Sorry for the confusion, I used Adobe's DNG converter and the histogram looked completely different! Before, when I imported, it resembled the histogram below, but now it resembles the one above!

In any case, I think the most important thing (not being ETTR, although it can help) is simply to control clipping. If you have zero clipping (or at least, no highlight clipping) you can post-process your image to get as much dynamic range as you might want. ETTR is a way of lowering your ISO, and the lower the ISO, the better.

Happy shooting!


Last edited by paperbag846; 11-23-2010 at 10:47 AM.
10-12-2010, 07:43 AM   #20
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I know I'll probably sound really stupid, but what does ETTR stand for?
10-12-2010, 07:43 AM   #21
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Expose To The Right. The idea being as a general rule, you want your histogram to be centered to the right of the diagram.

10-12-2010, 01:59 PM   #22
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QuoteOriginally posted by JohnBee Quote
The K-7 has very good DR at nominal ISO (100-200 range).
All you need to do to tap into it, is shoot in RAW and preserve your highlights.
You'll have no problems keeping-up with a D700 FF.
It's true. THe K-7 has extraordinary amounts of information in the shadows. And more importantly, when shooting RAW, it has the kind of information that can be pulled out pretty aggressively without adding much noise. And the noise reduction in LR3 is so much better than LR2, and it sure seems to have the K-7's number in this regard. Since switching to LR3 and getting pretty aggressive with pulling out shadow detail and applying moderate NR to smooth things out. It's not uncommon for me to crank the Recovery, pull the exposure slider way back, push the brightness over 100, put the Fill Light over 50 the Blacks up to 40 or so, apply a little bit of NR and sharpening, and have an image that looks great at 100%, of a scene that looked like it should have needed HDR.

Like JohnBee said, just make sure you preserve the highlights, and you'll be surprised what you can pull out of the shadows. Just be careful that you don't delve too greedily and too deep. There are older and fouler things than orcs in the deep parts of your image.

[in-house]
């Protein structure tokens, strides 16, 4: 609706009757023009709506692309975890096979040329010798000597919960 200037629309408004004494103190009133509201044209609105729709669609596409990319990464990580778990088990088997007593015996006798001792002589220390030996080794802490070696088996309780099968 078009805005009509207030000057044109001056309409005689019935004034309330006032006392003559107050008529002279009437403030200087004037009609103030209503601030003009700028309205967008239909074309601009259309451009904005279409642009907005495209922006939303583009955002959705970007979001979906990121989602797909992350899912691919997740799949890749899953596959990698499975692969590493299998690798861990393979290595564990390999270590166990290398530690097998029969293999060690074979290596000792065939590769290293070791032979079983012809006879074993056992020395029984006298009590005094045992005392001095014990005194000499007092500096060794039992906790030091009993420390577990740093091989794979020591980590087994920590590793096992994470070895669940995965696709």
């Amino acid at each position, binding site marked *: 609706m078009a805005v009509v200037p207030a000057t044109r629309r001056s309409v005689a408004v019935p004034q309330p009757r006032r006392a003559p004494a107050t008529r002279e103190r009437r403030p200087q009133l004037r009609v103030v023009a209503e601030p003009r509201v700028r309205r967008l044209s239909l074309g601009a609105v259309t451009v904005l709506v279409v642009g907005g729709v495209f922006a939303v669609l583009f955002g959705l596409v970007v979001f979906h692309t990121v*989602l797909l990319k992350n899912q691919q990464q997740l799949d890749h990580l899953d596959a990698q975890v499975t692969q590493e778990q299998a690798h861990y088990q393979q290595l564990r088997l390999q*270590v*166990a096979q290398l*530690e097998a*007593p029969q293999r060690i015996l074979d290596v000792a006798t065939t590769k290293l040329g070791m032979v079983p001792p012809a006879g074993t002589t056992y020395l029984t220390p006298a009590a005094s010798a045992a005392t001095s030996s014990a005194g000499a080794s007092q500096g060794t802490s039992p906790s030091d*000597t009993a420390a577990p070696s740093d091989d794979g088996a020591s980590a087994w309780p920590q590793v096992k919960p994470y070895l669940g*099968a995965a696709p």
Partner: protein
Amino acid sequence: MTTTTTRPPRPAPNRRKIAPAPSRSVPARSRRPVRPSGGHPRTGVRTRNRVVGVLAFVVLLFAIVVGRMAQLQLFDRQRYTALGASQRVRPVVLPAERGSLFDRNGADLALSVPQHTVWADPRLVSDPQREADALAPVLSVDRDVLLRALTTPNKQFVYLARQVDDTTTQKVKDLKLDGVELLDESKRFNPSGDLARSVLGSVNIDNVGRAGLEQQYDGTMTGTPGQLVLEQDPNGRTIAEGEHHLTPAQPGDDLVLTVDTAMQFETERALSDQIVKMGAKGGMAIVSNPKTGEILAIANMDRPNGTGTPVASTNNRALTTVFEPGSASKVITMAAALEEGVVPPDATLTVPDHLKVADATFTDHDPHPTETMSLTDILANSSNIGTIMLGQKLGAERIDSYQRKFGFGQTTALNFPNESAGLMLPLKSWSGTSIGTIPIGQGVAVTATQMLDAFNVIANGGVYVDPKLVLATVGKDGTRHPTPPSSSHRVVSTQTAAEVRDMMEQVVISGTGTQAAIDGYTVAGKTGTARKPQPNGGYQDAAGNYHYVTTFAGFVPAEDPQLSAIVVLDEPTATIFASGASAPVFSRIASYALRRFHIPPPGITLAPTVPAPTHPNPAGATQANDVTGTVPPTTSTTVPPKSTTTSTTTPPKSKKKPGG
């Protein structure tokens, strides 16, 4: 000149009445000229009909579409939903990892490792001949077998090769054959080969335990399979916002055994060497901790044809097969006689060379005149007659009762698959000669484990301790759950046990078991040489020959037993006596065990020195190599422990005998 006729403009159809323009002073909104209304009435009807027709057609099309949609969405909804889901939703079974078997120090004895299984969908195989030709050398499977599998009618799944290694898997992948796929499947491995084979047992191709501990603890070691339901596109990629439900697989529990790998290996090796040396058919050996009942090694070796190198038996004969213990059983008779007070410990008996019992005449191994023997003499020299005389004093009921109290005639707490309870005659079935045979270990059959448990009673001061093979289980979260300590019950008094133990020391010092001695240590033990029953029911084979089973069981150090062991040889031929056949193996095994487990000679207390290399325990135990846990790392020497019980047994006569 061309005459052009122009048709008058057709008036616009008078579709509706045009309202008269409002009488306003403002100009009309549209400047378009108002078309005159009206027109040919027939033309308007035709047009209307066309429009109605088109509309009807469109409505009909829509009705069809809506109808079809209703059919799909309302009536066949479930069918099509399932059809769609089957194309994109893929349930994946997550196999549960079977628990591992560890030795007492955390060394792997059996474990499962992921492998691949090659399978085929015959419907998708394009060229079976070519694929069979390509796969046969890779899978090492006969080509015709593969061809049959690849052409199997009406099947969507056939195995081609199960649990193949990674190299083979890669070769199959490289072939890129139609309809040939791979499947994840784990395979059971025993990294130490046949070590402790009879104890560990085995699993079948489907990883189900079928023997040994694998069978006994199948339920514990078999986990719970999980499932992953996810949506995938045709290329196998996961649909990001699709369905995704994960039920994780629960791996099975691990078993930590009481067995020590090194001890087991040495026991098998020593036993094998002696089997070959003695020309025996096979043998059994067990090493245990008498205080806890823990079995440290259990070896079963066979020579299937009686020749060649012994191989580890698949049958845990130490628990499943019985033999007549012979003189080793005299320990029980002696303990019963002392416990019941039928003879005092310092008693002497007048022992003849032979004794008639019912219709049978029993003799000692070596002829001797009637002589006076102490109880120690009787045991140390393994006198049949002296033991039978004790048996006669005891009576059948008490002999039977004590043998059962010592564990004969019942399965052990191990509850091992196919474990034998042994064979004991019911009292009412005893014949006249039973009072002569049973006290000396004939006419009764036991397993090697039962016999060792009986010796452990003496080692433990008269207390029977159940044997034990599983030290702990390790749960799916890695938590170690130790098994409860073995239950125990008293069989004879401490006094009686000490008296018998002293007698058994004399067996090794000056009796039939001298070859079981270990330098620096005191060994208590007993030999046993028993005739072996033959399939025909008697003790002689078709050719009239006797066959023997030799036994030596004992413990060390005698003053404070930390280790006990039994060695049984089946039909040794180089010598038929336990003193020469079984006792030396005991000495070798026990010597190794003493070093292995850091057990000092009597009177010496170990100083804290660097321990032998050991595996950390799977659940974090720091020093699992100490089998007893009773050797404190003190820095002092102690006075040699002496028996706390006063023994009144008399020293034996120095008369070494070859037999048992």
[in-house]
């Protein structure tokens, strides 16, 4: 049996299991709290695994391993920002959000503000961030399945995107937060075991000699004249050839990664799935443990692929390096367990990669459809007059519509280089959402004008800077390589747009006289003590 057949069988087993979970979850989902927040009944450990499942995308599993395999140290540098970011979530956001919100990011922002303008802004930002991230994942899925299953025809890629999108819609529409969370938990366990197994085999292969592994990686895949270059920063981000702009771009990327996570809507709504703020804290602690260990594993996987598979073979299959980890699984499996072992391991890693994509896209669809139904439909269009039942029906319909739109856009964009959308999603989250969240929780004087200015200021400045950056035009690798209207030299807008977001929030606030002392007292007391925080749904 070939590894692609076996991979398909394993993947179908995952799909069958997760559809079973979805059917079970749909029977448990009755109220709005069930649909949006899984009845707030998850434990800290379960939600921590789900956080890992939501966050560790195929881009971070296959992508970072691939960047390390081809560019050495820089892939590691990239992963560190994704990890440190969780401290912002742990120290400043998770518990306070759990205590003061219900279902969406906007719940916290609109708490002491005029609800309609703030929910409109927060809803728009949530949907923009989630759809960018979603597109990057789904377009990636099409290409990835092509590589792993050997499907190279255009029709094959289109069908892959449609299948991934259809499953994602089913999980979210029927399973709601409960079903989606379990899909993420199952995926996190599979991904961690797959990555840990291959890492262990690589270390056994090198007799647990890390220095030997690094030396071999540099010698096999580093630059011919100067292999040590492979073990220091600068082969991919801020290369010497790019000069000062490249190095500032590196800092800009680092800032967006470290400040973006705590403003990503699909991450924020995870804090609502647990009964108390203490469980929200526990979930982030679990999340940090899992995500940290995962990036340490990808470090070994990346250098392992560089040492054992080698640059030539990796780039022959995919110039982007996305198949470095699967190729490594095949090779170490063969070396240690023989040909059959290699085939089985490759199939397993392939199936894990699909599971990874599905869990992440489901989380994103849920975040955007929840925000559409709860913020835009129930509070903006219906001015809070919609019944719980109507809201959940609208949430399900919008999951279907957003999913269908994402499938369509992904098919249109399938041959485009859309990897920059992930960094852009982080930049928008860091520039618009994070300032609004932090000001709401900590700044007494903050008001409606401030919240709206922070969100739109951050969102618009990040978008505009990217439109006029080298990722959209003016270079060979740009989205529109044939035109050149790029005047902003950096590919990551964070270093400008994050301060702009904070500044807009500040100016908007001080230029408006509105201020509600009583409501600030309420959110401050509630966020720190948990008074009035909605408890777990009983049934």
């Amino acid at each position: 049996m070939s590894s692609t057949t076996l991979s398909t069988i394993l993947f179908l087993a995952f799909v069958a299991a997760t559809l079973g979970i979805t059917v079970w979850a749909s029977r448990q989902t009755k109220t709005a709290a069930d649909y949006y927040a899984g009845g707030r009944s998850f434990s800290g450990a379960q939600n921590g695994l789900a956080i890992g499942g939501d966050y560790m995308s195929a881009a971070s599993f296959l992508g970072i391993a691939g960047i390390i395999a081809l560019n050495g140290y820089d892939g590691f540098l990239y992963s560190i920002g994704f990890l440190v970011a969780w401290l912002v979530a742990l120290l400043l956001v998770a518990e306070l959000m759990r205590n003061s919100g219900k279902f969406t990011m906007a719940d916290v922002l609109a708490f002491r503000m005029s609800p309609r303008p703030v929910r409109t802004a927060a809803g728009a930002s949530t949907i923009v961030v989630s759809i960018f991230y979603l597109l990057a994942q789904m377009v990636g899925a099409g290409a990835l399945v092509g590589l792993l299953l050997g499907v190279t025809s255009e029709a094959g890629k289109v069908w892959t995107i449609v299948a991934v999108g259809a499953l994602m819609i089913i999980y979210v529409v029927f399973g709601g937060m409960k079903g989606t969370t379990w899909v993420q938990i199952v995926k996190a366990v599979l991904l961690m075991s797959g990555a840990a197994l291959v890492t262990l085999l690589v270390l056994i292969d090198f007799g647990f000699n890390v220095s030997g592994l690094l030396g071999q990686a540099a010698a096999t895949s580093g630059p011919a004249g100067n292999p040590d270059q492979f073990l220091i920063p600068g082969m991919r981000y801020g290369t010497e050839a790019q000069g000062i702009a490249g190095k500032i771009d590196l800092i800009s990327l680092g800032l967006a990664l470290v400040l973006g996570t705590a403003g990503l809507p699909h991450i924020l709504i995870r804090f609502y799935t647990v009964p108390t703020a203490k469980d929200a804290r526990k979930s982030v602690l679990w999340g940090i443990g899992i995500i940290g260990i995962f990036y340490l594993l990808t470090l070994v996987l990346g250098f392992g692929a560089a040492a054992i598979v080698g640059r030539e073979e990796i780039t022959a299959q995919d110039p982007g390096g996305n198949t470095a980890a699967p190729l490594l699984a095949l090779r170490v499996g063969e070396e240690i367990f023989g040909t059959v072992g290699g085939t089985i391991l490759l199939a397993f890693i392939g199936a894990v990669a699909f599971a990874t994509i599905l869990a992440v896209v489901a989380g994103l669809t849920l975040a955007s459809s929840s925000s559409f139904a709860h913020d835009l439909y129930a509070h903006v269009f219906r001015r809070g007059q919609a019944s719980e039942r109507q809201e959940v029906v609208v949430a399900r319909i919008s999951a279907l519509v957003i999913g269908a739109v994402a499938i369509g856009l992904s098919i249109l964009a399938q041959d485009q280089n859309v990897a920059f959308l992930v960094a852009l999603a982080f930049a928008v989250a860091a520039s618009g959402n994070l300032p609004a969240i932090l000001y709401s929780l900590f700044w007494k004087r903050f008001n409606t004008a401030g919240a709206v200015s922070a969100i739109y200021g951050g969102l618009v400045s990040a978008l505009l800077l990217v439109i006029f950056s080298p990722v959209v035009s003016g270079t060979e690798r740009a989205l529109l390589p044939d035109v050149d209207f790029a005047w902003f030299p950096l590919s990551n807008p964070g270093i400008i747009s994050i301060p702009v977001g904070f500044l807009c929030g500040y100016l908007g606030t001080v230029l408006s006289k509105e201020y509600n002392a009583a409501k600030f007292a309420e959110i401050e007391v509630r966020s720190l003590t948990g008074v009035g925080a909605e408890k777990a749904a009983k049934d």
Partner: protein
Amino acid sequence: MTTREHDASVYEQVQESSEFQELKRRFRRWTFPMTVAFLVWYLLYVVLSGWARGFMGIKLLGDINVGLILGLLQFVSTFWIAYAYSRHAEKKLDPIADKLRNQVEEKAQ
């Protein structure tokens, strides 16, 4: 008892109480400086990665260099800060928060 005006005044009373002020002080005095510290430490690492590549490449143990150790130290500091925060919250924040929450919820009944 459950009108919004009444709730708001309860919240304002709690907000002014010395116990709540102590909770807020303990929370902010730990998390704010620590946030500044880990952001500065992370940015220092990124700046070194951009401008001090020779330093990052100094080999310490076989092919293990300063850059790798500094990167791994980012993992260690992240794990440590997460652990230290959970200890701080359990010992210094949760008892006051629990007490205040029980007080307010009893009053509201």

10-12-2010, 02:47 PM   #23
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QuoteOriginally posted by JeffJS Quote
Expose To The Right. The idea being as a general rule, you want your histogram to be centered to the right of the diagram.

Did you type that exactly as you meant it?

My (minimal) understanding of ETTR says that you expose the image so the highlights you're interested in keeping are as far to the right as possible without falling off the cliff, i.e., losing them to clipping.

The center of the exposure range, then, could be anywhere - right, left, or in the middle of the scale. ETTR doesn't care about the center but only the "interesting" highlights.

Did I get that wrong?

10-12-2010, 03:27 PM   #24
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QuoteOriginally posted by glanglois Quote
Did you type that exactly as you meant it?

My (minimal) understanding of ETTR says that you expose the image so the highlights you're interested in keeping are as far to the right as possible without falling off the cliff, i.e., losing them to clipping.

The center of the exposure range, then, could be anywhere - right, left, or in the middle of the scale. ETTR doesn't care about the center but only the "interesting" highlights.

Did I get that wrong?
You are both describing the same thing. The easiest way to remember is...

I want the tip of my histogram to be as close to the right as possible, without touching it.

This will likely leave the "lump" of the histogram somewhere right of center .